Let's see. Hopefully deeds will follow.

Ps. El Universal published something on them (Spanish)

Sunday, 16 March 2008

Sunday, 9 March 2008

Eight months to go, Carabobo

Venezuela's local elections will take place in November. The governments of municipalities and states will be elected. We already saw during the referendum on 2nd December 2007 on Chávez's constitutional reform how the opposition won mainly thanks to the votes of the urban areas.

In the map above, you can see in red to pink shades the parishes where Chavismo got 50% of the votes or more in Carabobo, a central state. The data is according to the first, provisional and more detailed of the two reports the electoral authorities have submitted until now. Pink areas are areas where Chavismo got between 40 and 50%. Violet to blue areas are parishes where the opposition won. Violet means the opposition got from 50 to 60%, blueish hues mean it got more (up to 88%).

We still do not know the definite results. The electoral authorities in Venezuela, the CNE, has just stated it won't release more results because "the final decision is known anyway" (i.e. the referendum was rejected). The opposition leaders are playing along with this. They have the tallies, but we, the normal citizens, really do not know for how many centres. The opposition did not have representatives everywhere, that is for sure.

As Quico and Katy at Caracas Chronicles have said in different occasions, the whole issue seems fishy at best. In a nutshell:

  • Over 10% of the votes are unaccounted for
  • Votes from abroad were all ignored, even if every embassy proceeded to count them, they were not added to the results (and we know most Venezuelans abroad reject Chávez government)
  • The voting centres in Venezuela that have not been added yet are either in the countryside or, if they are located in urban areas, are mostly located in places where the opposition did not have many observers

We do not know whether we really got the percentage we got, more or less. If we do not, we will not be able to demand clear accounts for a next time.

Carabobo is one of the most heavily populated states in Venezuela. It is well connected, it is central. Still, we see even here a clear distribution of voting preferences between urban and non urban areas. A couple of exceptions are to be found in some areas like Bejuma, which is very rural, but still relatively better off than municipios such as Libertador.

Within the urban areas one can see very clearly how Chavismo still had the majority in poorer areas, although the difference is minimal. Even in Miguel Pena, a huge and very poor civic parish of Valencia, we see the difference is small.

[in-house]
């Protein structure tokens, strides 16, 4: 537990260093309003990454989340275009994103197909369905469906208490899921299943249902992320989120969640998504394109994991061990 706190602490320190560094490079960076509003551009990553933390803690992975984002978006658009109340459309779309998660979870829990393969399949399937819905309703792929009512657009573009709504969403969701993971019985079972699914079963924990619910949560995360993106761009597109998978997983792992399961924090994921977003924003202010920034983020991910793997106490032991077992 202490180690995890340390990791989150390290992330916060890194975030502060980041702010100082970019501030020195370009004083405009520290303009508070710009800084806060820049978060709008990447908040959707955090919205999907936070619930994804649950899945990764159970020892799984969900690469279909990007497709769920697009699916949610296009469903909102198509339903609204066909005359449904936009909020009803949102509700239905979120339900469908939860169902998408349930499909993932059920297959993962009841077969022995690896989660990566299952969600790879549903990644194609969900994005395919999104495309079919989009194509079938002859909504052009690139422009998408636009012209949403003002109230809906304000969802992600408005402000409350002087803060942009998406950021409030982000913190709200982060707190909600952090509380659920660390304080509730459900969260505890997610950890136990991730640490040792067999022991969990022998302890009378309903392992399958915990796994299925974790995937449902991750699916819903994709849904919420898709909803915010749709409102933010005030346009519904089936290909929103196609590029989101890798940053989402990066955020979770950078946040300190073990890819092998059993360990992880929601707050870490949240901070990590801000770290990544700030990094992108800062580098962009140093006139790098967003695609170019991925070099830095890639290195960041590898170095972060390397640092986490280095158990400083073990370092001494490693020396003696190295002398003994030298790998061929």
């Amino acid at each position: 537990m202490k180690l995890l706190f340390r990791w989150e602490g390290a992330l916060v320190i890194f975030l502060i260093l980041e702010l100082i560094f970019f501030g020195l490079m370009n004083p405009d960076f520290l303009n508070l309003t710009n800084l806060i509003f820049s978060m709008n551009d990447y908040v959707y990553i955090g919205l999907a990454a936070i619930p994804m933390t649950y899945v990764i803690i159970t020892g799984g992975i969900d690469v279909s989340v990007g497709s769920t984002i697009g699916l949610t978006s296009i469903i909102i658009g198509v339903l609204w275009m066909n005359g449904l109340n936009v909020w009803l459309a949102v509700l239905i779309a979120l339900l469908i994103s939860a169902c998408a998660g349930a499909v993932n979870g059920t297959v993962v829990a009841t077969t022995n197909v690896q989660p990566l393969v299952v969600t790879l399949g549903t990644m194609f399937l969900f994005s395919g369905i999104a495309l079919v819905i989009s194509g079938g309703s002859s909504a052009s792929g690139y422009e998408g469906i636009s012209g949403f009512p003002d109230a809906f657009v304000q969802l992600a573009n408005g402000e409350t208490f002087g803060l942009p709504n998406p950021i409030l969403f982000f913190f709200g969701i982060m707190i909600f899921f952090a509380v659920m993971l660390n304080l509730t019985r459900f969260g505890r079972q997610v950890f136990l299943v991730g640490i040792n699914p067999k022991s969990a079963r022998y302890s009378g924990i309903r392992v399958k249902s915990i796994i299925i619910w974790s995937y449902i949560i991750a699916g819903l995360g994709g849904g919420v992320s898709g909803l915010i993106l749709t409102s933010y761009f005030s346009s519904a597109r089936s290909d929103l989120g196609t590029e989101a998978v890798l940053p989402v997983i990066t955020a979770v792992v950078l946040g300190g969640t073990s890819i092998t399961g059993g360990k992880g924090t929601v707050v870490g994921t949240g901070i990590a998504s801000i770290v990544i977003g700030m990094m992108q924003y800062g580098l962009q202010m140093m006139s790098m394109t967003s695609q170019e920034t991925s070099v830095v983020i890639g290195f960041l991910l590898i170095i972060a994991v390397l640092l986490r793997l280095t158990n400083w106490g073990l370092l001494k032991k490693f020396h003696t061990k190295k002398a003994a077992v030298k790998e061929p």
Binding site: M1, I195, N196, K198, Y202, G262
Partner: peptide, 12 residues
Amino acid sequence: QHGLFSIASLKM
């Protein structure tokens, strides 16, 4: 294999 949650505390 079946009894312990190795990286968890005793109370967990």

Juan José Mora 31,17% Morón 32,19%

Urama 23,49%
Diego Ibarra 33,79% Aguas Calientes 27,37%

Mariara 40,02%
Carlos Arvelo 37,88% Belén 36,49%

Güigüe 36,93%

Tacarigua 39,45%
Libertador 42,82% Independencia 35,60%

Tocuyito 45,11%
Miranda 43,31% Miranda 43,31%
Los Guayos 43,77% Los Guayos 43,77%
San Joaquín 45,36% San Joaquín 45,36%
Puerto Cabello 46,92% Bartolomé Salom 50,26%

Borburata 41,88%

Democracia 32,80%

Fraternidad 54,48%

Goagoaza 45,31%

Juan José Flores 47,14%

Patanemo 42,21%

Unión 50,37%
Guacara 51,76% Ciudad Alianza 79,74%

Guacara 46,55%

Yagua 46,85%
Bejuma 55,80% Bejuma 58,06%

Canoabo 45,40%

Simón Bolívar 55,26%
Naguanagua 64,05% Naguanagua 64,05%
Montalbán 55,45% Montalbán 55,45%
Valencia 59,21% Candelaria 57,68%

Catedral 62,01%

El Socorro 69,77%

Miguel Pena 46,04%

Negro Primero 14,07%

Rafael Urdaneta 55,11%

San Blas 67,04%

San José 88,03%

Santa Rosa 49,14%
San Diego 73,53% San Diego 73,53%

Now, based on the data presented by Esdata, a group of citizens who have decided to investigate the whole electoral process, we painted yellow dots for the centres not taken into account by the authorities for their first and only detailed report. They are mostly in "red" parishes (still red at least according to them):

Mind: the opposition won in Carabobo, all blue areas are heavily populated urban areas, with more school centres than the red ones. The urban areas where Chavismo won were mainly Miguel Pena, Los Guayos and some minor areas. Thus: the voting centres unaccounted for are mostly in "red areas". What happened there? We do not know. In Caracas we know some traditionally pro-Chavez areas like Petare voted mostly against him. Now, in Caracas there was a higher amount of observers everywhere.

Anyway, now the opposition needs to focus on addressing the problems but also proposing innovative ideas for the poor in such areas such as Miguel Pena, Los Guayos, Puerto Cabello and Guacara. We need to pay special attention to areas with a high density of still-Chavistas.

Now, we also need to consider conquering such areas as rural Libertador or even more rural Carlos Arvelo.

Opposition leaders cannot keep going on with the arrogant precept that "Caracas (or Valencia) is everything and the rest is jungle". That is not fair, it is not even true, it is simply stupid.

We need to be 10 times more cautious than the last time. In 2004, in Carabobo, for instance, there were huge protests because of the results. People wanted a recount. The military prevented them from checking the paper trail, though. Soldiers surrounded the place where ballot boxes were kept and they took the material away. Unlike national elections, there were no EU observers or the like. Since then, Acosta Carlez has ruled in Carabobo. He is extremely unpopular, even among Chavistas now and the opposition has chances of defeating him or any other candidate from Chavismo in Carabobo, but it still cannot be too cautious.

The opposition needs to offer an authentic plan to recover the state and show a real concept of sustainable development. It cannot just compete by using populist messages. The opposition needs to show this time it can be very different from Chavismo and denounce personality cult . It must carry out a very innovative campaign. The opposition also has to show people have to go for a plan and actions, not for a cacique.

Ps. For those who speak Spanish, there is a good article in El Pais on the upcoming elections